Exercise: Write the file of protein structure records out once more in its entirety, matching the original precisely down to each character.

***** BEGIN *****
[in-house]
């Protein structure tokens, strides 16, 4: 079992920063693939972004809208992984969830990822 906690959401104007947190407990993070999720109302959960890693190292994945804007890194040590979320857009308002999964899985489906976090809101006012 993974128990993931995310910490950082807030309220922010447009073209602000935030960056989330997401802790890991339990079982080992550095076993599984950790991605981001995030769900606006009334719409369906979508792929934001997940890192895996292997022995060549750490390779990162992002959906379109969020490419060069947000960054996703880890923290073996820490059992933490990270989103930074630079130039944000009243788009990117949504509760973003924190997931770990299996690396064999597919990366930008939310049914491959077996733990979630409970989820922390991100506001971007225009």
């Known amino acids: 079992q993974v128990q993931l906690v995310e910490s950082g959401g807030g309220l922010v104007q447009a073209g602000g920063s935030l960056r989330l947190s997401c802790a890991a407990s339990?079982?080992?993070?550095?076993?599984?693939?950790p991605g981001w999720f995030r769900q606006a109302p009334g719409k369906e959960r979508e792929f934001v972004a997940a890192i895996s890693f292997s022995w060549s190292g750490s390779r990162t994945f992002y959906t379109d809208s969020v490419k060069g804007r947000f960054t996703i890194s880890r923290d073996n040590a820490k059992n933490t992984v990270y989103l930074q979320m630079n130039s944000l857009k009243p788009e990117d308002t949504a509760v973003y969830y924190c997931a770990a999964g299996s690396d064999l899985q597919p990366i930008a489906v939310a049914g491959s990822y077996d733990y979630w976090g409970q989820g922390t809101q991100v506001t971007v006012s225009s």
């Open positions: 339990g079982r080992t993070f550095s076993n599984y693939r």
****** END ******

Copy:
[in-house]
């Protein structure tokens, strides 16, 4: 079992920063693939972004809208992984969830990822 906690959401104007947190407990993070999720109302959960890693190292994945804007890194040590979320857009308002999964899985489906976090809101006012 993974128990993931995310910490950082807030309220922010447009073209602000935030960056989330997401802790890991339990079982080992550095076993599984950790991605981001995030769900606006009334719409369906979508792929934001997940890192895996292997022995060549750490390779990162992002959906379109969020490419060069947000960054996703880890923290073996820490059992933490990270989103930074630079130039944000009243788009990117949504509760973003924190997931770990299996690396064999597919990366930008939310049914491959077996733990979630409970989820922390991100506001971007225009």
């Known amino acids: 079992q993974v128990q993931l906690v995310e910490s950082g959401g807030g309220l922010v104007q447009a073209g602000g920063s935030l960056r989330l947190s997401c802790a890991a407990s339990?079982?080992?993070?550095?076993?599984?693939?950790p991605g981001w999720f995030r769900q606006a109302p009334g719409k369906e959960r979508e792929f934001v972004a997940a890192i895996s890693f292997s022995w060549s190292g750490s390779r990162t994945f992002y959906t379109d809208s969020v490419k060069g804007r947000f960054t996703i890194s880890r923290d073996n040590a820490k059992n933490t992984v990270y989103l930074q979320m630079n130039s944000l857009k009243p788009e990117d308002t949504a509760v973003y969830y924190c997931a770990a999964g299996s690396d064999l899985q597919p990366i930008a489906v939310a049914g491959s990822y077996d733990y979630w976090g409970q989820g922390t809101q991100v506001t971007v006012s225009s």
């Open positions: 339990g079982r080992t993070f550095s076993n599984y693939r």